First published in 1937, one of three novels written by Herbert Clyde Lewis before he was ruined by the McCarthy witch hunts and “died alone in a New York hotel in 1950”, Gentleman Overboard is a beautifully little novel that does not deserve to have been forgotten as it has – and which is, of course, ripe for reissue and reinvestigation.
What we have here is the story, in essence, of a gentleman who falls overboard. Henry Preston Standish is a pleasant sort, we learn, who unfortunately slips on a puddle of grease and tumbles from his perch in The Arabella down into the sea.
“There was no question of this being a terrific adventure; here he was, a broker of ordinary strength and talents, matching his wits against the elements. Even though the elements were inclined to be peaceful this was tremendously exciting.”
Over the course of 130 or so pages, we spend time with Henry in the water and learn something of his life (he’s married to Olivia, they have children, he’s a partner in a firm of long standing, he’s considered to be doing well) and also his predicament (driven by a curious sort of restlessness, he has set off on a holiday on his own to sort himself out), outside of the fact that he is, you know, in the middle of the sea without any hope of rescue.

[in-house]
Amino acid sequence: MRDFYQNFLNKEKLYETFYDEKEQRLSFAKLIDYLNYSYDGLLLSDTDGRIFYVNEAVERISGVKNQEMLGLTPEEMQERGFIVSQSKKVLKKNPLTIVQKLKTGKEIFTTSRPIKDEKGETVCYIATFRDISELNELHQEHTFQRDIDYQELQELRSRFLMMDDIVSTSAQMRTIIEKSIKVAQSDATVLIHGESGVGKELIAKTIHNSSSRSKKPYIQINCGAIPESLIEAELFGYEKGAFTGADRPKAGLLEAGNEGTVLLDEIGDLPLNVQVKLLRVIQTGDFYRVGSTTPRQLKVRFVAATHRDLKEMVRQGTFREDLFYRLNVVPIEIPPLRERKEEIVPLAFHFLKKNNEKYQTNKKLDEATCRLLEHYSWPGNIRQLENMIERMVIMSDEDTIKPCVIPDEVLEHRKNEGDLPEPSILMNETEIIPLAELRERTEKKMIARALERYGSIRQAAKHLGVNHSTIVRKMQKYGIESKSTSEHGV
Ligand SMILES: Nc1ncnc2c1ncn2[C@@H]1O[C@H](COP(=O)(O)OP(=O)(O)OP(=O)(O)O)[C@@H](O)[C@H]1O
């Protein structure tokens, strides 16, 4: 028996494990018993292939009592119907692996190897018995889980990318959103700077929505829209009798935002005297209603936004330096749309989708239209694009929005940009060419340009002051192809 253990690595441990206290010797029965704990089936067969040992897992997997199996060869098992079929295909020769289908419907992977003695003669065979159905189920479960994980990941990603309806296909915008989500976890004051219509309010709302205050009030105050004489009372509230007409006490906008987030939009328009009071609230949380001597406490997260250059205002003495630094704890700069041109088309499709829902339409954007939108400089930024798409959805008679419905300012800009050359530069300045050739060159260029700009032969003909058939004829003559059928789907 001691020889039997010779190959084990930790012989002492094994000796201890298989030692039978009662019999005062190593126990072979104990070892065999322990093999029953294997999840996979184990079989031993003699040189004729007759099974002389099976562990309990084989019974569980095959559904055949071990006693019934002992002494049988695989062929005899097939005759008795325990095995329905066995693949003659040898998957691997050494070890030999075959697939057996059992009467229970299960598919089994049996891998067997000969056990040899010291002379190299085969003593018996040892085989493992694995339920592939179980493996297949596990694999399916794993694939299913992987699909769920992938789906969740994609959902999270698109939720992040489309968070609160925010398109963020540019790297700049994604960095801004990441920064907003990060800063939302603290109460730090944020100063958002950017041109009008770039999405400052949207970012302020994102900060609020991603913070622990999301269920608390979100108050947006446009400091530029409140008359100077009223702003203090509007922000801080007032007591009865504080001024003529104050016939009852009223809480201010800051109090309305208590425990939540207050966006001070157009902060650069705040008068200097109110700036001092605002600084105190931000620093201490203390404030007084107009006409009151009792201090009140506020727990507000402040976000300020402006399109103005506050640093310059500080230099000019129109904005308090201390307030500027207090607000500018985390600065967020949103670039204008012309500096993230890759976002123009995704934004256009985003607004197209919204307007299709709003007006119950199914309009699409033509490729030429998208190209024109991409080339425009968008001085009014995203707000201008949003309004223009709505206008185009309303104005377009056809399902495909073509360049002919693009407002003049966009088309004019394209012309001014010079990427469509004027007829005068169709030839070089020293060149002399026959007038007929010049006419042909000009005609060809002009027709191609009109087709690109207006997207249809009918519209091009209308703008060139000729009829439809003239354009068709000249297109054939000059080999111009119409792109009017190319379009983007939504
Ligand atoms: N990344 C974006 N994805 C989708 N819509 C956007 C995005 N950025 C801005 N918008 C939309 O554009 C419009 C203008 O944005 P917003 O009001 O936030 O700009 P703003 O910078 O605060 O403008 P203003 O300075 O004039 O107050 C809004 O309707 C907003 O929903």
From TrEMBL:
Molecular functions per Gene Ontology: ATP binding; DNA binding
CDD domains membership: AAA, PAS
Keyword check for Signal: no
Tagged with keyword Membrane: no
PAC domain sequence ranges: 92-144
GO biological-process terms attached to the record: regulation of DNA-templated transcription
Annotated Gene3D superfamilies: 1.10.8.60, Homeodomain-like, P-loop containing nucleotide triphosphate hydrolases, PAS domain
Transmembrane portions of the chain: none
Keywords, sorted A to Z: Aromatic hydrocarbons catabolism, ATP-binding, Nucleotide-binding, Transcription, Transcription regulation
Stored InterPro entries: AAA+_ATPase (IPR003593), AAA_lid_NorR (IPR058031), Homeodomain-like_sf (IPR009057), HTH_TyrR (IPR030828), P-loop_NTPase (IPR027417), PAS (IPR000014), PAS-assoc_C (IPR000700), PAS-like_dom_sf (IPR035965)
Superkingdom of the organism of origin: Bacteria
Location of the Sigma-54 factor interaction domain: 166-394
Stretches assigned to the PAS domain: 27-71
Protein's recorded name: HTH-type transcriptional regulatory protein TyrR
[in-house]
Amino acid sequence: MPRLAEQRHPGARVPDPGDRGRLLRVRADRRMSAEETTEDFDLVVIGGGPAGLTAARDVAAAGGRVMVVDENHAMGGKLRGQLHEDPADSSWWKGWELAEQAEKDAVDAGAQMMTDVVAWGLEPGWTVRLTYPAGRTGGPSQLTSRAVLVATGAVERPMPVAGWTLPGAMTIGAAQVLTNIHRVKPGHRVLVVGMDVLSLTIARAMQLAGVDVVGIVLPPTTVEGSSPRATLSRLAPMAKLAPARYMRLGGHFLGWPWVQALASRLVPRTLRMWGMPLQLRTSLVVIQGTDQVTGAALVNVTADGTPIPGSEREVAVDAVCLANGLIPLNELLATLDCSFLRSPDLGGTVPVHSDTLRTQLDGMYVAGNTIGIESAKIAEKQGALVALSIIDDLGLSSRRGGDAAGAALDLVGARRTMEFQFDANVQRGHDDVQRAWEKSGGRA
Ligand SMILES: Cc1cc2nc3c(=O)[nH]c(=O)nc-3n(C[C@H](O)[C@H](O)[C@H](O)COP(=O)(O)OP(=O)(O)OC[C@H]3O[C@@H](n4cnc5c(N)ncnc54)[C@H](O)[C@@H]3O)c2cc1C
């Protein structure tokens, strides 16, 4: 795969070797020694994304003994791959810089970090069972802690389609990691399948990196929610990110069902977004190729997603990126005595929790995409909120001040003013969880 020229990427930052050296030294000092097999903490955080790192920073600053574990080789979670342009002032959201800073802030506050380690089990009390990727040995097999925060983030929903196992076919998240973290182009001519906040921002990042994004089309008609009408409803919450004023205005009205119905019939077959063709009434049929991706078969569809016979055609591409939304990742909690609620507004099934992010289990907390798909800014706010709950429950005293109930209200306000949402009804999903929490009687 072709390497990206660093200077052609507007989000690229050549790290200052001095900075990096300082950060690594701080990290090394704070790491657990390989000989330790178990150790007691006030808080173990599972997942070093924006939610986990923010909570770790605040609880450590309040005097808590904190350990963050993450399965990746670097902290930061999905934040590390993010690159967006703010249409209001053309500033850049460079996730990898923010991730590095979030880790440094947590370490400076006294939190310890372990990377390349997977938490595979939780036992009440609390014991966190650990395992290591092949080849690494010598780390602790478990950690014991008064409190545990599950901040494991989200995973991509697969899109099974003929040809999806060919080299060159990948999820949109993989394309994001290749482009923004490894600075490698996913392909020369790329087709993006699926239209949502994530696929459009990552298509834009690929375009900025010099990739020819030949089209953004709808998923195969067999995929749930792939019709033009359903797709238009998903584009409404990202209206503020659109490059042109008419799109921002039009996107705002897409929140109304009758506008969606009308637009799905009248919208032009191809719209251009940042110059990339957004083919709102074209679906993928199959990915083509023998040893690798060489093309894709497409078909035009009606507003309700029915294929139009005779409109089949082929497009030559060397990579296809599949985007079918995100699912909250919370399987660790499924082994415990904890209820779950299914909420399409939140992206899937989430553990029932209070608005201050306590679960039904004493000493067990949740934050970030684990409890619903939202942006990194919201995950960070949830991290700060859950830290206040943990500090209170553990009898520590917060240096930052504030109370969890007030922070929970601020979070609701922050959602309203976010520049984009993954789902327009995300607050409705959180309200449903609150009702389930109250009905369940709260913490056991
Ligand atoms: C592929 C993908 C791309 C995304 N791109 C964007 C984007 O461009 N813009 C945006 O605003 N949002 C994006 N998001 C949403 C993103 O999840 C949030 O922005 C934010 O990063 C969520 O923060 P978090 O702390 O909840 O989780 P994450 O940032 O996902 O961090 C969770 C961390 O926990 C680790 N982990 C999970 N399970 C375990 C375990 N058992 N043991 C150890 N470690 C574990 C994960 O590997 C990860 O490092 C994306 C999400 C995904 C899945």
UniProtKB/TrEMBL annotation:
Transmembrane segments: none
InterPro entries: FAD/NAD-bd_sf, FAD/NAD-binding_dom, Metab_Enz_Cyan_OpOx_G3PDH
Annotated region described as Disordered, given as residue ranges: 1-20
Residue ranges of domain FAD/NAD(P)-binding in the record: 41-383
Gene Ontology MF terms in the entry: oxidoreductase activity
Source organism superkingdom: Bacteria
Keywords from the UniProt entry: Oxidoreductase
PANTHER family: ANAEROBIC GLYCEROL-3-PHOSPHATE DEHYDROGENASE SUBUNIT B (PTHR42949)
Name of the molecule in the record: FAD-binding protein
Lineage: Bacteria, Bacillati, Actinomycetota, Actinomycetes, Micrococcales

“It was so stupid, so absolutely without reason or precedent, so out of place for a man of his position! For a while Standish gnashed his teeth in an impotent rage.”
We also spend time aboard The Arabella itself, witnessing the minor calamities and every day confusions that prevent the absence of Henry Preston Standish from being discovered sooner: the child who normally makes a beeline for Henry is having a tantrum and is confined to his room for the morning, the cook who makes poached eggs for Henry and no one else thinks nothing of throwing the poached eggs away, the woman who enjoys spending time with Henry by the pool is distracted by a swimming lesson. And on and on it goes, and further and further apart are the boat and Henry.
“And he knew now there was nothing quite so horrible as being the last man in a flat world, alone in the precise centre of a maddening circle.”
All told, Gentleman Overboard is a bewitching novel, a true gem, rich with the kind of soulful bitter-sweetness you’d find in later period Brautigan (I’m thinking something like So The Wind Won’t Blow It All away). It’s tender, it’s well-written, it’s affecting, and it’ll sweep you up for the duration (we read it in a single sitting, one of those “just one more chapter” occasions in which you’ve suddenly read an entire book over the course of an evening).
Any Cop?: Thanks to Boiler House Press for reissuing it. Here’s hope they reissue Herbert Clyde Lewis’ other books (and that this enjoys a similar boost to Stoner!)